Women in dentistry -- especially practice owners -- are on the rise. To learn more about this trend, UMB Bank interviewed three female practice owners to discuss why this trend is happening and how the dental industry can continue to support and encourage strong leaders.
According to the ADA, 34.5% of dentists in the U.S. are female, and 63.4% own their own practice. Women also hold about 35% of full-time and 30% of part-time faculty positions at dental schools. At UMB, women-owned practices (at least 50% ownership) make up nearly 27% of our client base in the dental industry.
To better understand these trends, we heard from three clients who own their practices: Dr. Anna Jones of Anna R. Jones, DDS, in Independence, MO; Dr. Becky Schreiner of Alizadeh & Schreiner Orthodontics in Chesterfield, MO; and Dr. Adrienne Hedrick of Longmont Dental Loft in Longmont, CO.
These three leaders shared how they got their start, their experiences owning their own practices, and why relationships have played an important role in their business success. Highlights from the discussion are below.
What drew you to the dental field?
Hedrick: I knew from an early age I wanted to go into medicine or dentistry, and after shadowing both doctors and dentists, I knew the dentistry field was the right fit for me. I also knew eventually I would want to own my own practice so I could continue growing my leadership skills while maintaining a flexible work-life balance.
Jones: I actually applied to dental school on whim and knew very little about the industry compared to my classmates. But after going through residency, I realized general dentistry was the perfect fit for me. I started out in public health but now work in private practice, which gives me more flexibility and time to spend with my kids.
What have been some of the benefits and challenges of owning your own practice?
Jones: You have to be able to wear all the hats, including doctor, business manager, chief financial officer, CEO, and chief operating officer, at the same time. Outside of the office, I'm also wearing the wife and mom hat, so it can be a challenge, but the benefits outweigh the challenges by a landslide. I love what I do.
Schreiner: Owning my own practice with a partner has its ups and downs. It's similar to having a spouse because you share the workload, money, and rewards, but you also have to be great communicators and have the same ultimate goals. It's nice because you always have someone to bounce ideas off of, and you don't feel like you're isolated or alone in making important decisions that will impact the practice's clients or bottom line.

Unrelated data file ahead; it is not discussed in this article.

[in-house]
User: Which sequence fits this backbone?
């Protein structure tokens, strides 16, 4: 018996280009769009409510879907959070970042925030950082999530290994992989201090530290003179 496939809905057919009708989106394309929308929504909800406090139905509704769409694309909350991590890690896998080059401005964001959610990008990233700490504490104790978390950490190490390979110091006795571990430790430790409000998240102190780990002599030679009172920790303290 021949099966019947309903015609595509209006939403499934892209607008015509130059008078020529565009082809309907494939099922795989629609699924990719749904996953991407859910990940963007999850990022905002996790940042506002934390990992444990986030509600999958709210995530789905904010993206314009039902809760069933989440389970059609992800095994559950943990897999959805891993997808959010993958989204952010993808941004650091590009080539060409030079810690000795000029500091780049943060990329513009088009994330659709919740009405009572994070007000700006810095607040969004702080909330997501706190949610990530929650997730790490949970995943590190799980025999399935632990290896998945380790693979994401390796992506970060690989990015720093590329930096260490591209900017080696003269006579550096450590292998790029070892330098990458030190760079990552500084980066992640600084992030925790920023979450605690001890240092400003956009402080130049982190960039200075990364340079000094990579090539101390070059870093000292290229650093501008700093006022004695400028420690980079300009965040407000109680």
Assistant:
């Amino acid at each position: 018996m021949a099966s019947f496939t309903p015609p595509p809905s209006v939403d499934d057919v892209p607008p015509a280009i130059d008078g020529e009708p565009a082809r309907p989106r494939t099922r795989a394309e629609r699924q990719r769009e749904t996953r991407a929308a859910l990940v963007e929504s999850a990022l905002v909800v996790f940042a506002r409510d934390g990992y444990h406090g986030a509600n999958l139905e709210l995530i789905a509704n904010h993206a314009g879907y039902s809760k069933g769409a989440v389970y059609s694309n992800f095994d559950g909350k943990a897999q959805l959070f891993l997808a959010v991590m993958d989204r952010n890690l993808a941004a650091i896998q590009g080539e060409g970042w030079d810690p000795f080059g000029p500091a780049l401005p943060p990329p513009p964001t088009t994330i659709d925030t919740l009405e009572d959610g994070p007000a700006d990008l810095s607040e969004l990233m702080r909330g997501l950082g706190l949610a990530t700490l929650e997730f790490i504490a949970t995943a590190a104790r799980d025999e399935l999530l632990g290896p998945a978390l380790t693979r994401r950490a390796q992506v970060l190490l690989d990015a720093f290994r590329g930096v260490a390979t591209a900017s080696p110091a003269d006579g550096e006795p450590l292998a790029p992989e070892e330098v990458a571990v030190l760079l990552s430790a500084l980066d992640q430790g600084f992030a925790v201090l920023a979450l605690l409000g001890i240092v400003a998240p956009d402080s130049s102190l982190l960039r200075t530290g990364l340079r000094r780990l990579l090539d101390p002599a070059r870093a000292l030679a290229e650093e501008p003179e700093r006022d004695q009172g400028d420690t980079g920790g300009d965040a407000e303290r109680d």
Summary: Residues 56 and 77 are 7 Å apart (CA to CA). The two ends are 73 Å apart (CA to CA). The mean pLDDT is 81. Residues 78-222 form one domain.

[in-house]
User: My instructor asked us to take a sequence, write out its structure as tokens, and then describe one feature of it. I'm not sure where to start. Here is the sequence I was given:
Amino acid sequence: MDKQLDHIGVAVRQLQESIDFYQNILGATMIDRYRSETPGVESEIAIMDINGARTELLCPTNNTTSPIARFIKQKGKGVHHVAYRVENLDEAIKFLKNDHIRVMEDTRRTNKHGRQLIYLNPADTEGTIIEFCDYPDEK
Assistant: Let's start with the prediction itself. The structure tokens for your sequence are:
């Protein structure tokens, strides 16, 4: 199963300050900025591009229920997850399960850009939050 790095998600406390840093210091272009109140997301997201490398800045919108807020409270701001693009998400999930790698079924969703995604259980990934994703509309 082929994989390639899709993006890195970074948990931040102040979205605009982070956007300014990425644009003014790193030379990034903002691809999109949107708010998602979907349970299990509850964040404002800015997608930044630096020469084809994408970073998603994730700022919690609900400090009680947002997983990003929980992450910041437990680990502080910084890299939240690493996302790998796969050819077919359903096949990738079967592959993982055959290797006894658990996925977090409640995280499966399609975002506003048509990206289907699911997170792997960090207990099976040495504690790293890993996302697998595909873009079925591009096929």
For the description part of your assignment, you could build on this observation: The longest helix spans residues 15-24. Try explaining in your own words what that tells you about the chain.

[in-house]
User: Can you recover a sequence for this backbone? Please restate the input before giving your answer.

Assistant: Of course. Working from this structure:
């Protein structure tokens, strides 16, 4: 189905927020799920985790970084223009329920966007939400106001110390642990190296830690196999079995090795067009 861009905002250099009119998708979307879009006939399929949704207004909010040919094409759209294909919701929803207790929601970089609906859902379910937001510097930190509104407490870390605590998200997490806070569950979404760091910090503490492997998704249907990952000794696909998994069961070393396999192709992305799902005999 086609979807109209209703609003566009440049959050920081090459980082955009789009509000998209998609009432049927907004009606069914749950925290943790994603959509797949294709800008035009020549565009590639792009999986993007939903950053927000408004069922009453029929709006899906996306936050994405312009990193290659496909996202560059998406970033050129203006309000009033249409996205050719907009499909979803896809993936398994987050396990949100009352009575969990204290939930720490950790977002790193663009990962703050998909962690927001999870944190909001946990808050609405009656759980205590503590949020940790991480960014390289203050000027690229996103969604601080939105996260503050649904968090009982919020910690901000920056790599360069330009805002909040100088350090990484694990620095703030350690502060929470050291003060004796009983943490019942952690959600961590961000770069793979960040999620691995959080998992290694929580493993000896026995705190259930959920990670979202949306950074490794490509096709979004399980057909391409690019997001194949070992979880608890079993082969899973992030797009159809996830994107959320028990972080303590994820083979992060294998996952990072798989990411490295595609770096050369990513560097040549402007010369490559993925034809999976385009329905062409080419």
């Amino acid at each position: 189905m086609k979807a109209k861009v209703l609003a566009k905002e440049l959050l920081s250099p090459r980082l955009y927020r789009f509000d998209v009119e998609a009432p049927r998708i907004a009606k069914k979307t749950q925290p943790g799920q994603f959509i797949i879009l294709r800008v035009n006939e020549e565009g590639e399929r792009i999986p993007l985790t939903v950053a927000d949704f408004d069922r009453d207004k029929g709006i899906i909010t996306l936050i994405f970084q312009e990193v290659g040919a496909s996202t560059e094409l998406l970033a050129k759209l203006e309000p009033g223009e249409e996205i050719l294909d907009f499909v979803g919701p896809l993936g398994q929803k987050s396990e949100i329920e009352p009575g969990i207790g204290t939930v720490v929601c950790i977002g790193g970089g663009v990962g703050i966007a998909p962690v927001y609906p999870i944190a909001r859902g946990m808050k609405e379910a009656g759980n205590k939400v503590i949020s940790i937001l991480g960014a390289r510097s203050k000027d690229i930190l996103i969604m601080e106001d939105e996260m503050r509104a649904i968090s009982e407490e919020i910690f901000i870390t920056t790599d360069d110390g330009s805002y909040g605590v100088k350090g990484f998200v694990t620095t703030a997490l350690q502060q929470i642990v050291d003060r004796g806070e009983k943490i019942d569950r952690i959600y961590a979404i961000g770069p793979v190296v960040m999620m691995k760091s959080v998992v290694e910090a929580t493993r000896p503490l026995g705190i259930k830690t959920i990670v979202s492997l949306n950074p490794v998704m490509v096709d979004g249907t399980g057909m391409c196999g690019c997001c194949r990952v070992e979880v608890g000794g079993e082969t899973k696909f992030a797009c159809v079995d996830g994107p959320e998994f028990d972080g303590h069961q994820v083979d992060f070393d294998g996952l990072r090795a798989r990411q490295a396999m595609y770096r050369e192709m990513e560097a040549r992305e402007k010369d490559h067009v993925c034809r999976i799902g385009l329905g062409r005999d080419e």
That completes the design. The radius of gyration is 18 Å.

Why do you think there has been a surge in women-owned dental practices?
Schreiner: As more women enter the dental industry, the path becomes more paved, and it's encouraging to see the success of other female dentists. As we become business owners, the rewards must outweigh the risks. When I joined the industry, it felt like a male-dominated industry. However, I have befriended many female dentists who are business owners like me and formed a close-knit support circle. The increase in the number of women choosing dental careers -- and the support, encouragement, and mentorship we lend to each other -- leads to better practice management for all of us.
What has been your experience securing funding for your practice?
Hedrick: Luckily for me, funding has been easy, and I have a great relationship with my banker, which makes it more enjoyable. I can call him whenever I have questions or need him to crunch numbers, and he is very reliable. He doesn't just give me money and turn his back; he works hard to make sure my business needs are being met. Dentistry is challenging because we make revenue, but the overhead is high and technology is expensive, so it's vital to have a banker you can trust as you grow your business.
Jones: Finding funding in the dentist industry has been relatively straightforward, but working exclusively with UMB has made it very convenient because I have all the financial information I need in one place. For example, UMB helped put together a loan presentation to secure a new office space and funding for renovations, which helped me get approved -- ultimately resulting in more business and clients.
What partnerships have been critical to the growth of your practice?
Schreiner: It's important to surround yourself with like-minded women in the industry who can serve as expert resources, mentors, and friends and who can encourage you to succeed. It's also important to have a solid relationship with people outside of the industry, like bankers and accountants who can help you on the business side.
What advice would you give someone who is considering opening their own practice?
Jones: I would tell any dentist -- but especially female dentists -- how important it is to have support from your colleagues and peers in the community. You'll go crazy without a strong support system in place, so I would encourage dentists to be part of professional groups and organizations to lean on if and when they're needed.
Dave Bauer is executive director of practice solutions at UMB Bank.
UMB Bank is proud to play a role in supporting the uptick in women-owned businesses, particularly dental practices. Over the past six years, we have loaned more than $100 million to female dentists to help support and grow their practices. We look forward to continuing to serve all of our female entrepreneurs and business owners in the years to come.
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